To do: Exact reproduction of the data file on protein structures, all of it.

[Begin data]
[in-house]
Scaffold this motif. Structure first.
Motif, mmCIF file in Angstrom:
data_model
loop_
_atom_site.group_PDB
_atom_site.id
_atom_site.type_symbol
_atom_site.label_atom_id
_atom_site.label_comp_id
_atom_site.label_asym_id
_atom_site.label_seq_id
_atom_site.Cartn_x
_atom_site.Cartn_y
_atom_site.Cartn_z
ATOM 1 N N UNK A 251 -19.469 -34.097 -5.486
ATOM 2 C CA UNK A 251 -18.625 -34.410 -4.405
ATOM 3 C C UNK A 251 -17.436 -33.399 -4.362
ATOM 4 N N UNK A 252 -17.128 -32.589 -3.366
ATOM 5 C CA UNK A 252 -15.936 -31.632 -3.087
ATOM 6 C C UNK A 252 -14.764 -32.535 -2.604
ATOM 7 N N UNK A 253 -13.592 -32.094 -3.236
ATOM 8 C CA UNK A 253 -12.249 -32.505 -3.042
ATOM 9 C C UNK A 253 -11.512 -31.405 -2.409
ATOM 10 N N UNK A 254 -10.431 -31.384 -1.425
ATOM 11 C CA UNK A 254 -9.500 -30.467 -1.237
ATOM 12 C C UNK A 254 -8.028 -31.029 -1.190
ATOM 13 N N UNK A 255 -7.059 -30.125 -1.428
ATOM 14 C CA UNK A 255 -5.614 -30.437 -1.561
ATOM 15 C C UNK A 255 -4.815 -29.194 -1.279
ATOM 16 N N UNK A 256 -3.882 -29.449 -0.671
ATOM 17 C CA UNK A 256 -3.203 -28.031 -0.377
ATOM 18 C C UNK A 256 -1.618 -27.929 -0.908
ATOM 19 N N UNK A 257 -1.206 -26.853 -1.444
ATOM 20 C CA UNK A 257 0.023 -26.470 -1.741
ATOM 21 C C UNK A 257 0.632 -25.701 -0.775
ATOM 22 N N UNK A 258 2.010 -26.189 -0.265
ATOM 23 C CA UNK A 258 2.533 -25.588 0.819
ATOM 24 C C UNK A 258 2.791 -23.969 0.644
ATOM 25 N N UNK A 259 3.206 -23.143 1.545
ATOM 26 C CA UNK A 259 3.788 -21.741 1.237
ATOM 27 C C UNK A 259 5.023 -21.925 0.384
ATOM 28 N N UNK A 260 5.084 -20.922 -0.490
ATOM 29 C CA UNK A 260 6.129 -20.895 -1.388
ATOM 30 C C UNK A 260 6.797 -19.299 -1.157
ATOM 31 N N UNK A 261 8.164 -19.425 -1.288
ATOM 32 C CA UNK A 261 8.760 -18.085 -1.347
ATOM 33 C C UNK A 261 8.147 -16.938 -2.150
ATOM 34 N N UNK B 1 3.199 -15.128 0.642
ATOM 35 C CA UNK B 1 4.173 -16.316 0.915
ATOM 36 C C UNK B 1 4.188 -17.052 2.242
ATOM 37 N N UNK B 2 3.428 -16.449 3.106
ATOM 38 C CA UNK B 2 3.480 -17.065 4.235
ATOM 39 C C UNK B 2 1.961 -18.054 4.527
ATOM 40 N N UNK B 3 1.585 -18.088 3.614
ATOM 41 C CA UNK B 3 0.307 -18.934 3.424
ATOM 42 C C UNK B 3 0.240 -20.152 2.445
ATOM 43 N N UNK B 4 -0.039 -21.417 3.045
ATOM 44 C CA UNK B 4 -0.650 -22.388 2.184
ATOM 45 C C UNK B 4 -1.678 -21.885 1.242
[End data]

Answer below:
[in-house]
Scaffold this motif. Structure first.
Motif, mmCIF file in Angstrom:
data_model
loop_
_atom_site.group_PDB
_atom_site.id
_atom_site.type_symbol
_atom_site.label_atom_id
_atom_site.label_comp_id
_atom_site.label_asym_id
_atom_site.label_seq_id
_atom_site.Cartn_x
_atom_site.Cartn_y
_atom_site.Cartn_z
ATOM 1 N N UNK A 251 -19.469 -34.097 -5.486
ATOM 2 C CA UNK A 251 -18.625 -34.410 -4.405
ATOM 3 C C UNK A 251 -17.436 -33.399 -4.362
ATOM 4 N N UNK A 252 -17.128 -32.589 -3.366
ATOM 5 C CA UNK A 252 -15.936 -31.632 -3.087
ATOM 6 C C UNK A 252 -14.764 -32.535 -2.604
ATOM 7 N N UNK A 253 -13.592 -32.094 -3.236
ATOM 8 C CA UNK A 253 -12.249 -32.505 -3.042
ATOM 9 C C UNK A 253 -11.512 -31.405 -2.409
ATOM 10 N N UNK A 254 -10.431 -31.384 -1.425
ATOM 11 C CA UNK A 254 -9.500 -30.467 -1.237
ATOM 12 C C UNK A 254 -8.028 -31.029 -1.190
ATOM 13 N N UNK A 255 -7.059 -30.125 -1.428
ATOM 14 C CA UNK A 255 -5.614 -30.437 -1.561
ATOM 15 C C UNK A 255 -4.815 -29.194 -1.279
ATOM 16 N N UNK A 256 -3.882 -29.449 -0.671
ATOM 17 C CA UNK A 256 -3.203 -28.031 -0.377
ATOM 18 C C UNK A 256 -1.618 -27.929 -0.908
ATOM 19 N N UNK A 257 -1.206 -26.853 -1.444
ATOM 20 C CA UNK A 257 0.023 -26.470 -1.741
ATOM 21 C C UNK A 257 0.632 -25.701 -0.775
ATOM 22 N N UNK A 258 2.010 -26.189 -0.265
ATOM 23 C CA UNK A 258 2.533 -25.588 0.819
ATOM 24 C C UNK A 258 2.791 -23.969 0.644
ATOM 25 N N UNK A 259 3.206 -23.143 1.545
ATOM 26 C CA UNK A 259 3.788 -21.741 1.237
ATOM 27 C C UNK A 259 5.023 -21.925 0.384
ATOM 28 N N UNK A 260 5.084 -20.922 -0.490
ATOM 29 C CA UNK A 260 6.129 -20.895 -1.388
ATOM 30 C C UNK A 260 6.797 -19.299 -1.157
ATOM 31 N N UNK A 261 8.164 -19.425 -1.288
ATOM 32 C CA UNK A 261 8.760 -18.085 -1.347
ATOM 33 C C UNK A 261 8.147 -16.938 -2.150
ATOM 34 N N UNK B 1 3.199 -15.128 0.642
ATOM 35 C CA UNK B 1 4.173 -16.316 0.915
ATOM 36 C C UNK B 1 4.188 -17.052 2.242
ATOM 37 N N UNK B 2 3.428 -16.449 3.106
ATOM 38 C CA UNK B 2 3.480 -17.065 4.235
ATOM 39 C C UNK B 2 1.961 -18.054 4.527
ATOM 40 N N UNK B 3 1.585 -18.088 3.614
ATOM 41 C CA UNK B 3 0.307 -18.934 3.424
ATOM 42 C C UNK B 3 0.240 -20.152 2.445
ATOM 43 N N UNK B 4 -0.039 -21.417 3.045
ATOM 44 C CA UNK B 4 -0.650 -22.388 2.184
ATOM 45 C C UNK B 4 -1.678 -21.885 1.242